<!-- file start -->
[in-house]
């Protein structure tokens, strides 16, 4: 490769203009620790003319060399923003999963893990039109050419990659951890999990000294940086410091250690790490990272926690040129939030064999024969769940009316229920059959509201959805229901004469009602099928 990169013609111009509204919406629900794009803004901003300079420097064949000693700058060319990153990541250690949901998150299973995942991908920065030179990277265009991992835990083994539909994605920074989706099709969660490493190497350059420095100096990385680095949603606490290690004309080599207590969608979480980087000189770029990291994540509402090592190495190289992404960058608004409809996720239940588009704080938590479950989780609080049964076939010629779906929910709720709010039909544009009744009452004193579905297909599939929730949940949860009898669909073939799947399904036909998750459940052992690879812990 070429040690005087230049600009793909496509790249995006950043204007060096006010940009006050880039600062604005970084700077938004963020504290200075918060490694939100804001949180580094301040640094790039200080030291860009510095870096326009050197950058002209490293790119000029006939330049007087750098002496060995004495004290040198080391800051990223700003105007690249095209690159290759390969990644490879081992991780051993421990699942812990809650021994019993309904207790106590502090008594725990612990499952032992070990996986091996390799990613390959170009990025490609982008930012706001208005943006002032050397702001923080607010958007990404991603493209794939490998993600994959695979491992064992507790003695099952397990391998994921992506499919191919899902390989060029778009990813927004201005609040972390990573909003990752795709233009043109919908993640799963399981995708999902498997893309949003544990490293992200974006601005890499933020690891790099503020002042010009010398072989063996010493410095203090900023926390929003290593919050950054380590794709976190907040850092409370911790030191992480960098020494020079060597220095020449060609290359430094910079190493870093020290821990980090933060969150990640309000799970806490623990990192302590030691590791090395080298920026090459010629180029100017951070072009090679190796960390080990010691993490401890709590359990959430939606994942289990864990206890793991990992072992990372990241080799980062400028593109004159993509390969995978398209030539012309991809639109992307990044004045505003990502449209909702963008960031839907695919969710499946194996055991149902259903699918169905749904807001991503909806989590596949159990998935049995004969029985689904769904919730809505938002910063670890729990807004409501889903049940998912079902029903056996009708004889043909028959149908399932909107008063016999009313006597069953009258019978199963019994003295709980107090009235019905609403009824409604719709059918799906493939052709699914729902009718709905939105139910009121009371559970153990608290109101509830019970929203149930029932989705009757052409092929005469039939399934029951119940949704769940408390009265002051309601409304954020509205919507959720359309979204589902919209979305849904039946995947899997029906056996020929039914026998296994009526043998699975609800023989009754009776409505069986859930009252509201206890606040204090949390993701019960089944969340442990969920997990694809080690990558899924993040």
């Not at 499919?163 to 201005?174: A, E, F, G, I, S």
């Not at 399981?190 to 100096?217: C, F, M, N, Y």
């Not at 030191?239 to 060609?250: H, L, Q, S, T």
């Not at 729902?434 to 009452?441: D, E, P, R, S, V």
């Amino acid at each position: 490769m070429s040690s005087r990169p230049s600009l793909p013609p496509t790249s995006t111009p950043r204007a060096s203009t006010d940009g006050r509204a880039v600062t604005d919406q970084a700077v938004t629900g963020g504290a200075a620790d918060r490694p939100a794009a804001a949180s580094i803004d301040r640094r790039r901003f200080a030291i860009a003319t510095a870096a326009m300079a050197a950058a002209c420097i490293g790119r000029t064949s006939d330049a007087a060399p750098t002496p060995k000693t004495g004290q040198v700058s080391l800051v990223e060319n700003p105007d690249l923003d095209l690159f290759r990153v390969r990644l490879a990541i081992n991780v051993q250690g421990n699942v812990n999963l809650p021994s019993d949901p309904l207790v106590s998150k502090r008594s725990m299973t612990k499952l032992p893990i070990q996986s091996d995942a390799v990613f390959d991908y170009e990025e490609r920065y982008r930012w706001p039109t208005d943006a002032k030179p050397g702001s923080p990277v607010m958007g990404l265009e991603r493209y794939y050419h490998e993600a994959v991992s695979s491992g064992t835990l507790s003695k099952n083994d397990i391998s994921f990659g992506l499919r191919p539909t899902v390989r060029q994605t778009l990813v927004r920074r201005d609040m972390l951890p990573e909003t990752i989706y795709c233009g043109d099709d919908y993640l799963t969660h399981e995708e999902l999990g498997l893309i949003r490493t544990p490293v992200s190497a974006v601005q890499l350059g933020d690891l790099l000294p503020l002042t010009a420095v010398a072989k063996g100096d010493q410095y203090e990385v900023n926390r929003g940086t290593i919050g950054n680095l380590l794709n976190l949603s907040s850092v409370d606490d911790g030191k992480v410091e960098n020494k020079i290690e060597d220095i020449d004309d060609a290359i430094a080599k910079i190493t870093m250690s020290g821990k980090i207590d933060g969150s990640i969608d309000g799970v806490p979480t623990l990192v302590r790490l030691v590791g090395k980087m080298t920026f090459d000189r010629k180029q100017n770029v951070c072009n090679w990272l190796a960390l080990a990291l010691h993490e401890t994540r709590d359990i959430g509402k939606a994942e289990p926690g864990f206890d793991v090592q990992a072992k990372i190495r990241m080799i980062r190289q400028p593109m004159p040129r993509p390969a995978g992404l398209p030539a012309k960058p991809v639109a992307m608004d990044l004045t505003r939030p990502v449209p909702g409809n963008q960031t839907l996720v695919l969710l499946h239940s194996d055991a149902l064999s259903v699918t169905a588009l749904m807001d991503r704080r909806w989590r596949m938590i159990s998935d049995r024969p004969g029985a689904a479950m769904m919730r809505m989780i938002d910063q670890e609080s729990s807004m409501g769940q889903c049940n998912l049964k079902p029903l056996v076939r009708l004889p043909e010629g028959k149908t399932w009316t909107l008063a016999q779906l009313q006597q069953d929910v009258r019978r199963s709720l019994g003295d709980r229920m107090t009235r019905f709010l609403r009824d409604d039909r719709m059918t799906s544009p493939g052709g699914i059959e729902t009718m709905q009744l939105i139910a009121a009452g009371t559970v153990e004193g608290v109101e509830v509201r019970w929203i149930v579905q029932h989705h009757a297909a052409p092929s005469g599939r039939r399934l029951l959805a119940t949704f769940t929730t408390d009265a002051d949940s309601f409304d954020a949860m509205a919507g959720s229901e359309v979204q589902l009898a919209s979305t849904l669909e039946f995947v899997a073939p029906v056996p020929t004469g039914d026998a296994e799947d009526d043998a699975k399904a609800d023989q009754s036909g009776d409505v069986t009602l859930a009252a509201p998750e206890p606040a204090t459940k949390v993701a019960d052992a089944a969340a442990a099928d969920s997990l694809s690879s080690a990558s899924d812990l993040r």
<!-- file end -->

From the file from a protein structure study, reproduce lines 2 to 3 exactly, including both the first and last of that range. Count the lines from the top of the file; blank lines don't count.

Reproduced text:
């Protein structure tokens, strides 16, 4: 490769203009620790003319060399923003999963893990039109050419990659951890999990000294940086410091250690790490990272926690040129939030064999024969769940009316229920059959509201959805229901004469009602099928 990169013609111009509204919406629900794009803004901003300079420097064949000693700058060319990153990541250690949901998150299973995942991908920065030179990277265009991992835990083994539909994605920074989706099709969660490493190497350059420095100096990385680095949603606490290690004309080599207590969608979480980087000189770029990291994540509402090592190495190289992404960058608004409809996720239940588009704080938590479950989780609080049964076939010629779906929910709720709010039909544009009744009452004193579905297909599939929730949940949860009898669909073939799947399904036909998750459940052992690879812990 070429040690005087230049600009793909496509790249995006950043204007060096006010940009006050880039600062604005970084700077938004963020504290200075918060490694939100804001949180580094301040640094790039200080030291860009510095870096326009050197950058002209490293790119000029006939330049007087750098002496060995004495004290040198080391800051990223700003105007690249095209690159290759390969990644490879081992991780051993421990699942812990809650021994019993309904207790106590502090008594725990612990499952032992070990996986091996390799990613390959170009990025490609982008930012706001208005943006002032050397702001923080607010958007990404991603493209794939490998993600994959695979491992064992507790003695099952397990391998994921992506499919191919899902390989060029778009990813927004201005609040972390990573909003990752795709233009043109919908993640799963399981995708999902498997893309949003544990490293992200974006601005890499933020690891790099503020002042010009010398072989063996010493410095203090900023926390929003290593919050950054380590794709976190907040850092409370911790030191992480960098020494020079060597220095020449060609290359430094910079190493870093020290821990980090933060969150990640309000799970806490623990990192302590030691590791090395080298920026090459010629180029100017951070072009090679190796960390080990010691993490401890709590359990959430939606994942289990864990206890793991990992072992990372990241080799980062400028593109004159993509390969995978398209030539012309991809639109992307990044004045505003990502449209909702963008960031839907695919969710499946194996055991149902259903699918169905749904807001991503909806989590596949159990998935049995004969029985689904769904919730809505938002910063670890729990807004409501889903049940998912079902029903056996009708004889043909028959149908399932909107008063016999009313006597069953009258019978199963019994003295709980107090009235019905609403009824409604719709059918799906493939052709699914729902009718709905939105139910009121009371559970153990608290109101509830019970929203149930029932989705009757052409092929005469039939399934029951119940949704769940408390009265002051309601409304954020509205919507959720359309979204589902919209979305849904039946995947899997029906056996020929039914026998296994009526043998699975609800023989009754009776409505069986859930009252509201206890606040204090949390993701019960089944969340442990969920997990694809080690990558899924993040």
């Not at 499919?163 to 201005?174: A, E, F, G, I, S």